In total, Tadic has played 149 competitive games for Ajax, scoring 76 times, and he was named Dutch footballer of the year in 2020-21 as he helped Ajax retain the title, with the previous season having been voided due to the coronavirus pandemic.

Ajax's director of football Marc Overmars told the club's official website: "It is no secret that Dusan plays a very important role for the team.

"Both on and off the pitch, he is a real leader. So, it's fantastic that we can keep him at Ajax even longer."

For fans across the globe it may seem quite peculiar to see Sergio Ramos in new colours for the 2020-21 season.

After announcing the end of a hugely successful 16-year association with Real Madrid, the Blancos legend has a new home at Paris Saint-Germain.

The 35-year-old has penned a two-year deal at the Parc des Princes – having been unsuccessful at getting the same length of contract at Madrid – and brings with him a history of success.

Stats Perform has looked at some of the impressive statistics during his time at the Santiago Bernabeu.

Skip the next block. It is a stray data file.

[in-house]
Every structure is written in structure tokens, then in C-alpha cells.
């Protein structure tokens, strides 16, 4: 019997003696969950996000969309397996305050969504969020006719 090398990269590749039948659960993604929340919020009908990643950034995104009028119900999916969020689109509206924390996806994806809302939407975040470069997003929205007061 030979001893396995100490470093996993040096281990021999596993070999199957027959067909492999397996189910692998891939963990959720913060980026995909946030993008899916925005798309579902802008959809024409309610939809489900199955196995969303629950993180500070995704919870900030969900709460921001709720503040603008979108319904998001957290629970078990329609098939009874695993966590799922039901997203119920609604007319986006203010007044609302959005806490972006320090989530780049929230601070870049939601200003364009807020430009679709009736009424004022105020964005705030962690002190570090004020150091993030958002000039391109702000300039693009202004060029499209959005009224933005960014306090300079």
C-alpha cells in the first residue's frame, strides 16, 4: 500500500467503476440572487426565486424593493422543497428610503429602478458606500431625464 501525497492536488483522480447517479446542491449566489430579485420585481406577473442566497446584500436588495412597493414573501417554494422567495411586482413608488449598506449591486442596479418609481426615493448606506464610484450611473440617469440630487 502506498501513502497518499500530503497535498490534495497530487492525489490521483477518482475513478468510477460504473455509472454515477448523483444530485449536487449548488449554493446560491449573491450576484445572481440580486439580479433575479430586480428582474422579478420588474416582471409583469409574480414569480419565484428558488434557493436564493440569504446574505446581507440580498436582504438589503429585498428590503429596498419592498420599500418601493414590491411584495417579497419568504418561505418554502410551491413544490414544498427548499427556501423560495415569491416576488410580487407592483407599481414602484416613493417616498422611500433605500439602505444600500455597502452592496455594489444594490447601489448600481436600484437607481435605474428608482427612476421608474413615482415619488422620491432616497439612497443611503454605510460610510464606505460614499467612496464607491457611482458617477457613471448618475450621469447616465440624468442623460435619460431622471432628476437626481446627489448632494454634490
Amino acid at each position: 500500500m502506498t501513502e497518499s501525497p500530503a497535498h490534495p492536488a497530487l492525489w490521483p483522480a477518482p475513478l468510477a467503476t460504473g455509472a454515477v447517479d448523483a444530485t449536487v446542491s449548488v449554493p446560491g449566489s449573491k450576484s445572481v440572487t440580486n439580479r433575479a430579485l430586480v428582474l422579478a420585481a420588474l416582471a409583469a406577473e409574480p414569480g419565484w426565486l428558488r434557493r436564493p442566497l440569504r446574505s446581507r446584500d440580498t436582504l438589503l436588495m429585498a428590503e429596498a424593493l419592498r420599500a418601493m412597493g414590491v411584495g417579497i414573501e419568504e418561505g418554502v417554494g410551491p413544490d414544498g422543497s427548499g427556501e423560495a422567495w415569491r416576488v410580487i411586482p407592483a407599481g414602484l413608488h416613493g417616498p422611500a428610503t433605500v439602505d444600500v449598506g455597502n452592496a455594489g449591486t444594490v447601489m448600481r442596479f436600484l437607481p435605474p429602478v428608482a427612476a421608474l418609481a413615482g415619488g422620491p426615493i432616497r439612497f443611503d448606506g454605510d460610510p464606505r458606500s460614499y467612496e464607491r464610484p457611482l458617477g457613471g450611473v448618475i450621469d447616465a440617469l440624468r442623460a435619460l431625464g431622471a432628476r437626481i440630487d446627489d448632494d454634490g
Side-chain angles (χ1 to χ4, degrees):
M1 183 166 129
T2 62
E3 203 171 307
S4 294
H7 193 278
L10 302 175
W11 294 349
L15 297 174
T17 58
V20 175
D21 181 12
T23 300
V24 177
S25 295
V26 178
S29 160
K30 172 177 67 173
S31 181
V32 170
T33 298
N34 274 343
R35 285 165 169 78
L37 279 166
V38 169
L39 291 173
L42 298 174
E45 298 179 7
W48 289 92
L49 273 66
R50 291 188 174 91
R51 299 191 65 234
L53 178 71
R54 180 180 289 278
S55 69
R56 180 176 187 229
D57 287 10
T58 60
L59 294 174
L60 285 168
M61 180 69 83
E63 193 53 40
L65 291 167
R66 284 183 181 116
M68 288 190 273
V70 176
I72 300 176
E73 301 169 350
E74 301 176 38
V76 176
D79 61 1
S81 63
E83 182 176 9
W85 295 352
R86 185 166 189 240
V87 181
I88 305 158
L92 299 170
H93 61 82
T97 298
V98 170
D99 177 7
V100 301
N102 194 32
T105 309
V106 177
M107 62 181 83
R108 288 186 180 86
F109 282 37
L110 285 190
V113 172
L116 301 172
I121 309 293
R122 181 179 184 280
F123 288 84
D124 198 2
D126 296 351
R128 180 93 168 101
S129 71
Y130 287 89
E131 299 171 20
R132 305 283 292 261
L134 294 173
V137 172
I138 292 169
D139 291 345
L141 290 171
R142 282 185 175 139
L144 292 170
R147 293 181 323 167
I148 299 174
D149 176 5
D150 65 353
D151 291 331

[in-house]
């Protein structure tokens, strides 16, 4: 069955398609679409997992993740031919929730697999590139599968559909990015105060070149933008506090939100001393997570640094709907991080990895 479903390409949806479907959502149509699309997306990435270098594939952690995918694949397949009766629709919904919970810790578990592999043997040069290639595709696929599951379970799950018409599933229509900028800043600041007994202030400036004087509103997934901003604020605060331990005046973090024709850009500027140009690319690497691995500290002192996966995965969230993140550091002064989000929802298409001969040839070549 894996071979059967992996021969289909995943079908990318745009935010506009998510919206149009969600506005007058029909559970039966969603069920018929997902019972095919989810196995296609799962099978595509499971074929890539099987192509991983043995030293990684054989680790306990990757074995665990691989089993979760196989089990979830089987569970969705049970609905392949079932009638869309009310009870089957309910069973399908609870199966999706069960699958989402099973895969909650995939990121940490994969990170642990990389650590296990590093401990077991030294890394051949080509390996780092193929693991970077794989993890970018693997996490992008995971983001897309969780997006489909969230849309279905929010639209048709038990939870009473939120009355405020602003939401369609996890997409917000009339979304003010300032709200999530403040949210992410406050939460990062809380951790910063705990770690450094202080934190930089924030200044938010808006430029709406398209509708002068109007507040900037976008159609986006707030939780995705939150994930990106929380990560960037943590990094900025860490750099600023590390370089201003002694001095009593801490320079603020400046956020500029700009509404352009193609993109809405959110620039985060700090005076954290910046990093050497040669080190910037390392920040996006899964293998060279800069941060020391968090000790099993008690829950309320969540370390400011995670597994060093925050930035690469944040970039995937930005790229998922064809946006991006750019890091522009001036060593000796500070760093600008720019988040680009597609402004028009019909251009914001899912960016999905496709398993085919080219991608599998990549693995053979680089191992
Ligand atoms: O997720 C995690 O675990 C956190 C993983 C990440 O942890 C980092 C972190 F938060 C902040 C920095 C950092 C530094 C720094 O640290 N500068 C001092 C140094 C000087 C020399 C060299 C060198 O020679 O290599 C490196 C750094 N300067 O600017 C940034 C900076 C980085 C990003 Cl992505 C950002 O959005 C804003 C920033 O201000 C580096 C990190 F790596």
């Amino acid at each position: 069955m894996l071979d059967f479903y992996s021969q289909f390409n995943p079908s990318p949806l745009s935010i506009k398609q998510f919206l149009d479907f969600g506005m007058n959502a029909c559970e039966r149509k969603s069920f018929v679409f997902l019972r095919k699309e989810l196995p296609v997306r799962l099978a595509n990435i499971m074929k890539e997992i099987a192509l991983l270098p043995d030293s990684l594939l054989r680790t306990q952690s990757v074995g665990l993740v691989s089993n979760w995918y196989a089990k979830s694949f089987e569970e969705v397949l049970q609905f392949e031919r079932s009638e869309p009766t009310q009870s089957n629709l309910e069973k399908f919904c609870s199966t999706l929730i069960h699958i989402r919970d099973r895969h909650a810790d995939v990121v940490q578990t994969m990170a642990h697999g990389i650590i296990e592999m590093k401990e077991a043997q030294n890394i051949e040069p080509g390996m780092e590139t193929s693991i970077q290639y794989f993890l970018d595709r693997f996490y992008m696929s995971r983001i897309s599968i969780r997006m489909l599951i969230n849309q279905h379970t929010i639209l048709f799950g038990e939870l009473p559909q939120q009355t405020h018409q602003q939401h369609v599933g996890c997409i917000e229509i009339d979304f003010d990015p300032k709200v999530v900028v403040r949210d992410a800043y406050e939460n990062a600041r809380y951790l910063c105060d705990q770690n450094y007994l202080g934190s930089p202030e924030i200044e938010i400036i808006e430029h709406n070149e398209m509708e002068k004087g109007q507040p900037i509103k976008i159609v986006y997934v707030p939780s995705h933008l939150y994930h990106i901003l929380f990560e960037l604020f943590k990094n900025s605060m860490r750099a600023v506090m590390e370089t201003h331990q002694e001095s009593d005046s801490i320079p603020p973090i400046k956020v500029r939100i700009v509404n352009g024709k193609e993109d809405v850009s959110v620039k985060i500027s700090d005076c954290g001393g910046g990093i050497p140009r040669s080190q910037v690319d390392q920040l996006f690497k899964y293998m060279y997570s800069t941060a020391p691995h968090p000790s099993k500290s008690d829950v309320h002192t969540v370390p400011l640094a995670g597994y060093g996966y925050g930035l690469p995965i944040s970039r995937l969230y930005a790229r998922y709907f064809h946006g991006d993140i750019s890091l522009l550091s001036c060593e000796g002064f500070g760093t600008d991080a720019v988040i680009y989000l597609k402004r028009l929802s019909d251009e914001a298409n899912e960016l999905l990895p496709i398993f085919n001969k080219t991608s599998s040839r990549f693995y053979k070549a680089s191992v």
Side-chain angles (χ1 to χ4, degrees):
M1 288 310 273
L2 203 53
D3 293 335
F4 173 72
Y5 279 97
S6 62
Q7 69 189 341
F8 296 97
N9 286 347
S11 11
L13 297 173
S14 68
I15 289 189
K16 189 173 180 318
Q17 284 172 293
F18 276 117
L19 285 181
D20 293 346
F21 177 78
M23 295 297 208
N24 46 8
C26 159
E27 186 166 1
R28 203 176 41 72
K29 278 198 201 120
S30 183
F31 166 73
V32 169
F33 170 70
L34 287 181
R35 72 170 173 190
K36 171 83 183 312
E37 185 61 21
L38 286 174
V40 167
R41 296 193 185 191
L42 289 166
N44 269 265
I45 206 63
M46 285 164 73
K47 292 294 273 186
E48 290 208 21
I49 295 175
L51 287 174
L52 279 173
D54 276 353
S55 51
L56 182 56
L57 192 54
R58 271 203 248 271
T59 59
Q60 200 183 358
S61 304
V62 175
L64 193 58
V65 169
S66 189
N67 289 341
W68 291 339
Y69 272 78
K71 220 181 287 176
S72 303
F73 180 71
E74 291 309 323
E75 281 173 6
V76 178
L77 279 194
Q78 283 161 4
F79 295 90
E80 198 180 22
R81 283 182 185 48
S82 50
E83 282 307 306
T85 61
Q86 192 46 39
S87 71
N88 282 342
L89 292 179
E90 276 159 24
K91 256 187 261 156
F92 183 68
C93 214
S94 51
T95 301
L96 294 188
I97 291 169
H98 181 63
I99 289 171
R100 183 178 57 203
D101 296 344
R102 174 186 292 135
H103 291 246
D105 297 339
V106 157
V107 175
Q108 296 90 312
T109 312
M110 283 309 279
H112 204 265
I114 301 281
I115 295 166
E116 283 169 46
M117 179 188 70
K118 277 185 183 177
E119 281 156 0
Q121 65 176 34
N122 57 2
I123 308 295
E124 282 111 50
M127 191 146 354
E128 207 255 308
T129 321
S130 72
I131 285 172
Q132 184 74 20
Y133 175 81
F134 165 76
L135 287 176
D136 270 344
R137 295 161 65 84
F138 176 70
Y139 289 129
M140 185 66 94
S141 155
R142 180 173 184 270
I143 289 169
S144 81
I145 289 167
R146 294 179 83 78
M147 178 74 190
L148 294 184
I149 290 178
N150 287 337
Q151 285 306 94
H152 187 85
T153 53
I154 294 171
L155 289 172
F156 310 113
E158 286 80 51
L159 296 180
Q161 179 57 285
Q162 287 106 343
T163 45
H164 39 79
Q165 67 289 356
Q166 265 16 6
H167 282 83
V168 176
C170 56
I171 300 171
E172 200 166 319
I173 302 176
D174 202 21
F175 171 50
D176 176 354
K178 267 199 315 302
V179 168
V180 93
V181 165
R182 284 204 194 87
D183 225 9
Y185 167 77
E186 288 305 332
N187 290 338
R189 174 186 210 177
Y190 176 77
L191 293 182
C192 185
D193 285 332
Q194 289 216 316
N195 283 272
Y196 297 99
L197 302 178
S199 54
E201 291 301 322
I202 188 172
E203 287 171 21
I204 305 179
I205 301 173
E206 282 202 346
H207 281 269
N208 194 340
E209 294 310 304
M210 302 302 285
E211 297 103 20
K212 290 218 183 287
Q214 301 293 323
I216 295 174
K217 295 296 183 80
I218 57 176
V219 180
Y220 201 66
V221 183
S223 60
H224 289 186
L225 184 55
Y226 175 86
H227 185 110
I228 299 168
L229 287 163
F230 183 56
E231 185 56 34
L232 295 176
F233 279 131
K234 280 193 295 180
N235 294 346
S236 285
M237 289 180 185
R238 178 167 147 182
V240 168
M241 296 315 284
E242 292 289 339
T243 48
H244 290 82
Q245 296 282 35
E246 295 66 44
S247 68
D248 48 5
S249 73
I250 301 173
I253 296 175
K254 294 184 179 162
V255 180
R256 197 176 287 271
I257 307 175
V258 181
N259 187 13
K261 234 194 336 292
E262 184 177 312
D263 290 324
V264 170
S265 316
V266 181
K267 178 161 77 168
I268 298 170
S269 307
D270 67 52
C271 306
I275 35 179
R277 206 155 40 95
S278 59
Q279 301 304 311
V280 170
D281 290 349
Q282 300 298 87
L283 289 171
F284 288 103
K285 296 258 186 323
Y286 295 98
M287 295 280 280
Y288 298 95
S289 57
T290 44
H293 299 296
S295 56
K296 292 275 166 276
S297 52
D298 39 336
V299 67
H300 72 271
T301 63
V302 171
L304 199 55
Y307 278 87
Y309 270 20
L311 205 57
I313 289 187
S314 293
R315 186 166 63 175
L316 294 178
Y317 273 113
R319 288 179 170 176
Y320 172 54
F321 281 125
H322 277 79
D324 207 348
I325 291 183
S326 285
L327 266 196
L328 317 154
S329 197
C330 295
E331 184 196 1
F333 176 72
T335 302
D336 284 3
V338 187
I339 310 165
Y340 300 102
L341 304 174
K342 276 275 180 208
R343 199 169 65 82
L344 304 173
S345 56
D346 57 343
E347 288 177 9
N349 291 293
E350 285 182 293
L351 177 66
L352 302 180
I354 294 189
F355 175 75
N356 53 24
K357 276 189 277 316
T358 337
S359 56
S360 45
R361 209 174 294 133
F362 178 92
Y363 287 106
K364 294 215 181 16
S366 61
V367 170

LONGEVITY THE KEY

It is not just the quality Ramos brought to Madrid's backline but the sheer longevity he has been at the top of his game.

Over 16 trophy-laden seasons, Ramos has played in 469 LaLiga games for Madrid – only three players have racked up more for Los Blancos.

Moreover, the 22 trophies he has lifted with the club is bettered by only Paco Gento, who collected 23.

It will not surprise anyone to learn Lionel Messi (383) is the only player to have won more games than Ramos in LaLiga, whose 334 is coincidentally the same amount achieved by fellow Madrid great Iker Casillas.

And the 45 Clasico games Ramos has played in is a joint-high with Barca talisman Messi.

Of course, Ramos is known for the occasional gamesmanship and ill-discipline. The 20 LaLiga red cards he has received is also a competition high.

It is not just domestically where Ramos has made his presence felt, he is of course a four-time Champions League winner.

Impressively, all of his 129 Champions League games were starts – the most of any player in Europe's premier competition without a single substitute appearance.

GOALS, GOALS, GOALS

PSG have of course signed a player with exceptional defensive prowess and leadership skills.